REVIEW: Cafe Society
Kristen Stewart, Steve Carell, Jesse Eisenberg, Blake Lively, Parker Posey
FilmInk rates movies out of $20 — the score indicates the amount we believe a ticket to the movie to be worth
…predictable and intermittently maudlin…
It could certainly be argued that Woody Allen has been let off too lightly for his alleged personal transgressions. When it comes to his latter-day creative endeavours, on the other hand, perhaps we should cut him some slack. The writer/director is, after all, in his eighties, and cannot reasonably be expected to turn out any more masterpieces.
In any event, he certainly hasn’t done so with Cafe Society. There is nothing disastrously wrong with it, but – apart from one interesting plot development – nor is there anything to be said in its favour. It’s just eminently forgettable and rather dull. Even the meticulous 1930s period detail, which should be a plus, is laid on so lavishly that it becomes a distraction.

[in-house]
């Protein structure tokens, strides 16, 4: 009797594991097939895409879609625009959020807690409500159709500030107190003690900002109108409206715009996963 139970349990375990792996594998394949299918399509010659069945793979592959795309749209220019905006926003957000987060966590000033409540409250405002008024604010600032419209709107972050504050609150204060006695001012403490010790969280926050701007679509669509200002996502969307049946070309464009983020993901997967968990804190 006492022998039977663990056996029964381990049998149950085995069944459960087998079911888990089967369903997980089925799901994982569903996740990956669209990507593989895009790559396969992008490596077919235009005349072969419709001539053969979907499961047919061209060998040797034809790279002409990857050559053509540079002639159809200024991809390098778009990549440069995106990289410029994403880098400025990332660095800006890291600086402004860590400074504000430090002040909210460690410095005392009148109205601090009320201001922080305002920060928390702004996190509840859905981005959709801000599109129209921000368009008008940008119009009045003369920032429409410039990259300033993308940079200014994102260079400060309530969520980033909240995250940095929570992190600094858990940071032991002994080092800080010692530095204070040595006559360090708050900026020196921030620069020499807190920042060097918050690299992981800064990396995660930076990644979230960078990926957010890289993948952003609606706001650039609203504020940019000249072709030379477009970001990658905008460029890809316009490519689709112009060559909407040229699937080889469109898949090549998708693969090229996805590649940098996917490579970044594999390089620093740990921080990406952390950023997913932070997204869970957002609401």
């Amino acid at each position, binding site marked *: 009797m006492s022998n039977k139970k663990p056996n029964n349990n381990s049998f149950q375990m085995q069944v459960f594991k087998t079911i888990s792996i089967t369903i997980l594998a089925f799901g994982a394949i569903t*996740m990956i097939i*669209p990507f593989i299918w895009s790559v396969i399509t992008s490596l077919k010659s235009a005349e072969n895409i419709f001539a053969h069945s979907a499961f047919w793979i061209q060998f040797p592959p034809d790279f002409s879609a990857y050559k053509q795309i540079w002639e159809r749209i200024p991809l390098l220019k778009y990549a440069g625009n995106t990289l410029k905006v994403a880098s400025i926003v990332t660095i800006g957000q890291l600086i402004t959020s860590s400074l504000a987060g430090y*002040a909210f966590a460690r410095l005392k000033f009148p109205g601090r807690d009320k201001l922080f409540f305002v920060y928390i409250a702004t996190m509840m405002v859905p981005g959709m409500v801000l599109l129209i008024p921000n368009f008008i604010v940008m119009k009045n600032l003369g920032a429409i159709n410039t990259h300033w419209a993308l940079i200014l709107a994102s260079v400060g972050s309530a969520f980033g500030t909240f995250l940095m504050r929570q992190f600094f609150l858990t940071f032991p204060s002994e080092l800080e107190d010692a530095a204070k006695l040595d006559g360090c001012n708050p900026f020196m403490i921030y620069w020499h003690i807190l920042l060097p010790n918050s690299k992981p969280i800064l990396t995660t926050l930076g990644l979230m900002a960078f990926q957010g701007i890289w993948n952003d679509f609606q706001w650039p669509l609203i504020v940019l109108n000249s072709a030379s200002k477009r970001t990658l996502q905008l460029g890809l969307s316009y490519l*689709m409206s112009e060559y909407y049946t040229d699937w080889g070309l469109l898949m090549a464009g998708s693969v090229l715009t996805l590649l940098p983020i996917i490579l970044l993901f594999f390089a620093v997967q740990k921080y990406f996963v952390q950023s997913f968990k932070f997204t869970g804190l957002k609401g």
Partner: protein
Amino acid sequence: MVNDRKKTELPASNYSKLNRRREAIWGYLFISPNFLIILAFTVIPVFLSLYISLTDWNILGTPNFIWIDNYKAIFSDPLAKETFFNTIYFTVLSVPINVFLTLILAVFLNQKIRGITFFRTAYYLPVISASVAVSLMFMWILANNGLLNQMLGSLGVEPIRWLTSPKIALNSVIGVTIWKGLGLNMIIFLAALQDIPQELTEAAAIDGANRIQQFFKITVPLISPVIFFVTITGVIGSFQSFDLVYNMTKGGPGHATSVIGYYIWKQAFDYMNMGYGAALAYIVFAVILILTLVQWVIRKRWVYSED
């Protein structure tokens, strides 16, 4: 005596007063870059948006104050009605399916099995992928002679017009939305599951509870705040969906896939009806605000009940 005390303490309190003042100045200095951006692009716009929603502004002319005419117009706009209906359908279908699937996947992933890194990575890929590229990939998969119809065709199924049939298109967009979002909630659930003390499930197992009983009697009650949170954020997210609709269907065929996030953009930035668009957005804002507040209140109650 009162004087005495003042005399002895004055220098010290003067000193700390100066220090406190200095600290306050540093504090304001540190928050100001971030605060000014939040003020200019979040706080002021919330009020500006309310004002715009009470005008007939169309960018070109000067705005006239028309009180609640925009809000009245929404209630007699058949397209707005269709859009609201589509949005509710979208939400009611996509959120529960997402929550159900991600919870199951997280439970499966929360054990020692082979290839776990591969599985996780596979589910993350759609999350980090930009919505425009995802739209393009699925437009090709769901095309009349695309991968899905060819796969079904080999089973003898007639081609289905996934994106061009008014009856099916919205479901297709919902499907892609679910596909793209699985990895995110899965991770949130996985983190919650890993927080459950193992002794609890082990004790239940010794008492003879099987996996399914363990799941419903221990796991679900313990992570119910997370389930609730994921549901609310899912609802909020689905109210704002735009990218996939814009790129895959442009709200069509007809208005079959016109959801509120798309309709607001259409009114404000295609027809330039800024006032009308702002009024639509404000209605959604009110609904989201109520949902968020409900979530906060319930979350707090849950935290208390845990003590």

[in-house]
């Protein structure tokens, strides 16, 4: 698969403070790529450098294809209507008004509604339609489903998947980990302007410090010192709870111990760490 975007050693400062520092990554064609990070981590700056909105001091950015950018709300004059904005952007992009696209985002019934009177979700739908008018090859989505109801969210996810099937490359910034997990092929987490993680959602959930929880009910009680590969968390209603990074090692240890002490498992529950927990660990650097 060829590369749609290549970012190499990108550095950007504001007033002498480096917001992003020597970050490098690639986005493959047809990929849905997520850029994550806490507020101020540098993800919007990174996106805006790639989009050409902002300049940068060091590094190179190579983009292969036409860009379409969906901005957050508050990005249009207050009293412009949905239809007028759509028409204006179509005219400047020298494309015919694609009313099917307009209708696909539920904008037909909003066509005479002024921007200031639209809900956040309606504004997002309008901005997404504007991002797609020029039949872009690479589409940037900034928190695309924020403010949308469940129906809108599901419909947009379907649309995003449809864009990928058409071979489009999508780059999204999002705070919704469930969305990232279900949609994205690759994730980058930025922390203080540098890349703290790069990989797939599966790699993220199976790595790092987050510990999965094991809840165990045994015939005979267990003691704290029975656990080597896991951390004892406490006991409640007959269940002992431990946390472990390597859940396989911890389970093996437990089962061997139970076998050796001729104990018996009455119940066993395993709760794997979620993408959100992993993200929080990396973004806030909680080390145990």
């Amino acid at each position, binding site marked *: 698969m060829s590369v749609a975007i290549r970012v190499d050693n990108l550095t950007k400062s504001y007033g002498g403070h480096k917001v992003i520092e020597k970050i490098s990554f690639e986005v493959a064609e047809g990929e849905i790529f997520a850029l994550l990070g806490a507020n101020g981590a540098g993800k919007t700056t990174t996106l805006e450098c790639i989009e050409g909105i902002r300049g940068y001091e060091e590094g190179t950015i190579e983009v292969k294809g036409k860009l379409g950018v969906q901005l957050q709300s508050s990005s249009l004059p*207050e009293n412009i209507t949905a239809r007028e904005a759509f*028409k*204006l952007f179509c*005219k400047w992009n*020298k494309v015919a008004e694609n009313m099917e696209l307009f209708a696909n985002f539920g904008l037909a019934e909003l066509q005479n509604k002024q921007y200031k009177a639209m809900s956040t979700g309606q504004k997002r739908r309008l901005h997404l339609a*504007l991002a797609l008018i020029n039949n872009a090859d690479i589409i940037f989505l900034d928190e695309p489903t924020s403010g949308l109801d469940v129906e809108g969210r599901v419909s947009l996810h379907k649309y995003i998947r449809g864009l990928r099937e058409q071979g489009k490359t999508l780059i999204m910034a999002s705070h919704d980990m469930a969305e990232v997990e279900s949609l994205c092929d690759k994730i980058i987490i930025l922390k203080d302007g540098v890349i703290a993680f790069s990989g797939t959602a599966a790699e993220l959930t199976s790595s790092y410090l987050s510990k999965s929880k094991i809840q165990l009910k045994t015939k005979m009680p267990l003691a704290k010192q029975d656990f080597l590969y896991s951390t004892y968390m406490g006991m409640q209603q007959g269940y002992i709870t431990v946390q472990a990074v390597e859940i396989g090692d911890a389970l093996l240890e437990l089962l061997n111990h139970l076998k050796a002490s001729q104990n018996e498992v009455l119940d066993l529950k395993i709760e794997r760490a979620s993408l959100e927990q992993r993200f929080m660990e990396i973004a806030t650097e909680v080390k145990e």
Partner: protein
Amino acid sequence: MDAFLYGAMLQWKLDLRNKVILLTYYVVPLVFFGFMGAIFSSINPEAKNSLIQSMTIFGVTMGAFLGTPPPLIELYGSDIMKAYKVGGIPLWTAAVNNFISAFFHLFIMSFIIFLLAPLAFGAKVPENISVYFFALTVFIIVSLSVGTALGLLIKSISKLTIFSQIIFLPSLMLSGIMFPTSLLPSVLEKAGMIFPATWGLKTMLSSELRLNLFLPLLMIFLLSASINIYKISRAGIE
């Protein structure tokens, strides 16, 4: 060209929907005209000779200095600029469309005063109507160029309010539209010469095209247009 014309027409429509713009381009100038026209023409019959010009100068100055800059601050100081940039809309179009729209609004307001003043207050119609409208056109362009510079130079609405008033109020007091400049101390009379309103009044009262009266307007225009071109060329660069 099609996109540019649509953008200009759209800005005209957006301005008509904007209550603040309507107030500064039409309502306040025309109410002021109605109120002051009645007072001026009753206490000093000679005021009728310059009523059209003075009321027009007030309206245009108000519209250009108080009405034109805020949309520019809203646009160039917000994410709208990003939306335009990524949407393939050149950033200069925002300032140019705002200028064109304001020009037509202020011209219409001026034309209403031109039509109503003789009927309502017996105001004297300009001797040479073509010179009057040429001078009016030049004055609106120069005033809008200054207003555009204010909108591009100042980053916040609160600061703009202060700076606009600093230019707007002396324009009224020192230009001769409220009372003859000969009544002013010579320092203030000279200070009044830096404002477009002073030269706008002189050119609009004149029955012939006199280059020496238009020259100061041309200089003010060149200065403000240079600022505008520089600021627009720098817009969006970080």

The central character is Bobby (Jesse Eisenberg), a young guy from the Bronx who heads to LA in the hope of working in Hollywood, preferably with the help of his uncle, big-shot agent, Phil Stern (Steve Carell). In next to no time, Bobby has fallen madly in love with Phil’s secretary, Vonnie (Kristen Stewart). What follows is predictable and intermittently maudlin, and when it’s supposed to be funny, it isn’t. Many of the standard Allen tropes are ticked off – jazz soundtrack, visual homage to Manhattan, Jewish family banter etc – but they don’t rise above formulaic level. And speaking of ticking things off, the ongoing roll-call of famous names – actors and directors of the era – is galling in a story that purports to criticise the shallow namedropping of Tinseltown. Cafe Society is watchable, but it’s no more than that.